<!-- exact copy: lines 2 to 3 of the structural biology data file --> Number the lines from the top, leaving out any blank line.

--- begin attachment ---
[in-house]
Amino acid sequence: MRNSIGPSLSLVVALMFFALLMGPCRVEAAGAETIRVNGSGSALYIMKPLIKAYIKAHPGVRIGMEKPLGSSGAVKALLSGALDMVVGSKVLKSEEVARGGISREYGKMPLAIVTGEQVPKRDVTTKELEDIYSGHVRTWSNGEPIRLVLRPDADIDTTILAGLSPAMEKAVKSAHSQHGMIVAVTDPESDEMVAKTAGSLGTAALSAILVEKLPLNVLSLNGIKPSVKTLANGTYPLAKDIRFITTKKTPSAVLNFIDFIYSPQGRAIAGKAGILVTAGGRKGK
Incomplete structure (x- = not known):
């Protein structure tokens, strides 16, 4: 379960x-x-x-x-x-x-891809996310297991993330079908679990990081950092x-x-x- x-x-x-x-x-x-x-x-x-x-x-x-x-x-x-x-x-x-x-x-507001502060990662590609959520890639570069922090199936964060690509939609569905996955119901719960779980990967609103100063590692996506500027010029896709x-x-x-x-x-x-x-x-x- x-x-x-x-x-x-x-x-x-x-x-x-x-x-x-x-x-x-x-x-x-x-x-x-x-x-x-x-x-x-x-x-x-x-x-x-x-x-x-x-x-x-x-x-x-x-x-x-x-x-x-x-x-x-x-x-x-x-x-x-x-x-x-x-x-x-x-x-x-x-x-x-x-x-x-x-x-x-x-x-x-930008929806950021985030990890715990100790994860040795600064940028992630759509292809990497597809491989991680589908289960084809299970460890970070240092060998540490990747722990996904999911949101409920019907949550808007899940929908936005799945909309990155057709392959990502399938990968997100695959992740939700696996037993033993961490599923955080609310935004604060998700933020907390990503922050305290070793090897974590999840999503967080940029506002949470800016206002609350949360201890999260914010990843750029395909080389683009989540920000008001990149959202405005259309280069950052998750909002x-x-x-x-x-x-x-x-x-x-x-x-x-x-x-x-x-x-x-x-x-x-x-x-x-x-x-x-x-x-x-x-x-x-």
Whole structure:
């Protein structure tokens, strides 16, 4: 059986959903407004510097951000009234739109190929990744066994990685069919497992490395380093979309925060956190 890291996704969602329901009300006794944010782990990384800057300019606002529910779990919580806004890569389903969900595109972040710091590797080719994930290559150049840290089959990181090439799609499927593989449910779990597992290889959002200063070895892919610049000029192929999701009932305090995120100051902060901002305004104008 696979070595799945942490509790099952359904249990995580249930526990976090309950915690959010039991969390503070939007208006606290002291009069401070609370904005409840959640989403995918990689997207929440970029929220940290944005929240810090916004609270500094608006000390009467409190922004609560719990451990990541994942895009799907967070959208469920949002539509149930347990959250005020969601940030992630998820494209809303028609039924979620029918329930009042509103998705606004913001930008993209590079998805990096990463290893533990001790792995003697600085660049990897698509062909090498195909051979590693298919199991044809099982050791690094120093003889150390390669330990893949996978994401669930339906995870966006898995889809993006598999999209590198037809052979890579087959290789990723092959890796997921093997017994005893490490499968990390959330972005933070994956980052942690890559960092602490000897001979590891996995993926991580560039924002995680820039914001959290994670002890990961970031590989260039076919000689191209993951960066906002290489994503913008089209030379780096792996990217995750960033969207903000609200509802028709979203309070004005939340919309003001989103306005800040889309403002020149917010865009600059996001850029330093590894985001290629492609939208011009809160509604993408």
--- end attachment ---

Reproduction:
Amino acid sequence: MRNSIGPSLSLVVALMFFALLMGPCRVEAAGAETIRVNGSGSALYIMKPLIKAYIKAHPGVRIGMEKPLGSSGAVKALLSGALDMVVGSKVLKSEEVARGGISREYGKMPLAIVTGEQVPKRDVTTKELEDIYSGHVRTWSNGEPIRLVLRPDADIDTTILAGLSPAMEKAVKSAHSQHGMIVAVTDPESDEMVAKTAGSLGTAALSAILVEKLPLNVLSLNGIKPSVKTLANGTYPLAKDIRFITTKKTPSAVLNFIDFIYSPQGRAIAGKAGILVTAGGRKGK
Incomplete structure (x- = not known):